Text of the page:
PRESIDENT Rodrigo Duterte will not establish a revolutionary government under his administration, one of his spokesmen said on Wednesday.
“The President’s remarks on a ‘revolutionary government’ is an approach to resolving the country’s endemic and structural problems hindering genuine progress,” Ernesto Abella said in a statement after the President floated the idea as a way for the Philippines to make real progress.
“However, PRRD (President Rodrigo Roa Duterte) made it clear that he will not establish a revolutionary government under his administration,” he added.
Duterte, in a speech on Tuesday in the Palace, advised his successor to establish a revolutionary government instead of declaring martial law in the country to effect real progress in the country.
The President said it could be the same revolutionary government established by then housewife Corazon Aquino after leading a popular revolt in 1986 that ousted then incumbent Ferdinand Marcos and catapulted her to the highest post in the land.
“For me, my advice to a President who wants to change, do not go for martial law, gawin lang isyu [It will just be an issue]. Go for a revolutionary government para tapos lahat [so that everything will be finised],” Duterte said, who placed Mindanao under martial law until the end of the year to quell a rebellion by IS-inspired Maute terrorists.
“Kung magawa ni Cory, bakit hindi mo magawa? Bakit may monopoly ba dito sa pagmahal natin sa bayan [If Cory did it, why can’t you also do it? Why? Is there a monopoly here for our love for our country]?” he added.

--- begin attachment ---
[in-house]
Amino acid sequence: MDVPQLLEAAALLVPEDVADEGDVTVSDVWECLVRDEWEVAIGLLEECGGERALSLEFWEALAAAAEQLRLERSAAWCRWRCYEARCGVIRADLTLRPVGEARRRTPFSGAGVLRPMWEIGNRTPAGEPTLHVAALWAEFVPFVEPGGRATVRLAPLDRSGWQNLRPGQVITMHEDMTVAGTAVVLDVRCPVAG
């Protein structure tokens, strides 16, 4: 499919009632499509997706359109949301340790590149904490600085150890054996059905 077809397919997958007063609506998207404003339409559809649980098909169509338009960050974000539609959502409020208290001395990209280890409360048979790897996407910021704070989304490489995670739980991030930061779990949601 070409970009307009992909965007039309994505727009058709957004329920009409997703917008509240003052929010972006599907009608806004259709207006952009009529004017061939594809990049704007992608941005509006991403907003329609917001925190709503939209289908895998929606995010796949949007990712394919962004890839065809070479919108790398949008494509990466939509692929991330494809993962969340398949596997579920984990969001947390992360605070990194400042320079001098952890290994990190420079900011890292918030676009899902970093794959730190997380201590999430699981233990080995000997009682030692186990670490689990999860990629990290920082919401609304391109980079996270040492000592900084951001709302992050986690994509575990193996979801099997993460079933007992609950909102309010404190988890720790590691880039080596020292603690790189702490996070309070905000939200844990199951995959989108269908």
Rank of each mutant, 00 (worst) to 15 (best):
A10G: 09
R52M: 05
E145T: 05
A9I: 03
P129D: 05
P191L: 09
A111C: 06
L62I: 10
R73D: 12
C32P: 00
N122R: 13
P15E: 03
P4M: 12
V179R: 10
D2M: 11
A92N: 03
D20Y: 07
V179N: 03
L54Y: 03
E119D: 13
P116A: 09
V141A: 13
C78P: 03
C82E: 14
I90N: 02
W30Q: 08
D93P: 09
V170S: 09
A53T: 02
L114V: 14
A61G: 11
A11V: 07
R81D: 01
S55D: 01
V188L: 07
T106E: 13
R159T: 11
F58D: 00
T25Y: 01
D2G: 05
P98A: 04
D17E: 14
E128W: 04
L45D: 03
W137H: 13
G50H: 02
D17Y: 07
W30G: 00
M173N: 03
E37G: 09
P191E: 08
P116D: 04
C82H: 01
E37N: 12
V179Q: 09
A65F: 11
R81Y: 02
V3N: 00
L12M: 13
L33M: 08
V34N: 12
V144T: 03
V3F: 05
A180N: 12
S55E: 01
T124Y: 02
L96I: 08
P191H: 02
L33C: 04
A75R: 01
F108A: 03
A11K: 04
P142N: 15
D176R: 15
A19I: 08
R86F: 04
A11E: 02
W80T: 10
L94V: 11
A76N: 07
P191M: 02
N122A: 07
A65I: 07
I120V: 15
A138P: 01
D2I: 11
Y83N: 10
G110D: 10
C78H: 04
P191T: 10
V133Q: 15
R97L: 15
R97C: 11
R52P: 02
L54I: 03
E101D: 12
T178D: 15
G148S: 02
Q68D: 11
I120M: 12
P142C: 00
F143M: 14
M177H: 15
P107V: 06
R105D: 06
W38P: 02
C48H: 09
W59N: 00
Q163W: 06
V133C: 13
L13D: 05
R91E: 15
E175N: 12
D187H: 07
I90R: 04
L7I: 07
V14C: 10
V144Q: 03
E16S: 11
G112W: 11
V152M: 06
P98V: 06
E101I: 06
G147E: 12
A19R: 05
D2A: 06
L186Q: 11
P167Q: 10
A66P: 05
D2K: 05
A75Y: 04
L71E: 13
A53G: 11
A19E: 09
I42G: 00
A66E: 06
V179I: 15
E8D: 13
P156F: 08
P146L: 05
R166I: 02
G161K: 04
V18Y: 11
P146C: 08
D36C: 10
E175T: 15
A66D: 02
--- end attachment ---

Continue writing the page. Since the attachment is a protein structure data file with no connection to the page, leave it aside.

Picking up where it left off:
Aquino’s revolutionary government ended when a new Constitution was approved and a new Congress was elected in 1987.
Duterte said he was not kidding about a revolutionary government but added that he would not be part of it.
“For the Philippines to really go up, sabi ko, ang kailangan ng mga tao is not martial law. Go for ginawa ni Cory, revolutionary government. Pero huwag kayong magtingin sa akin, hindi ako pwede diyan [I said, what the people need is not martial law. Go for what Cory did – a revolutionary government but do not look at me, I won’t go there],” he said.
“You declare all positions of the government vacant and change all. The mistake of Ma’am Aquino was to give it all back to the politicians,” the President added.
After the ouster of Marcos in the 1986 Edsa People Power Revolution, Aquino formed a revolutionary government. She abolished the 1973 Constitution that was in effect during martial law, and promulgated the provisional 1986 Freedom Constitution, pending the ratification of a new Constitution.
Under the revolutionary government, Aquino exercised executive and legislative powers until the new Constitution was ratified and a new Congress established in 1987.
During the campaign period in 2016, Duterte said he wanted to set up a revolutionary government to pave the way for federalism.
He considers federalism the only way to solve corruption, criminality and the Bangsamoro problem.
“I have to stop criminality and corruption. I have to fix this government. I won’t do it if you want to place me there with the solemn pledge to stick to the rules,” the President has said.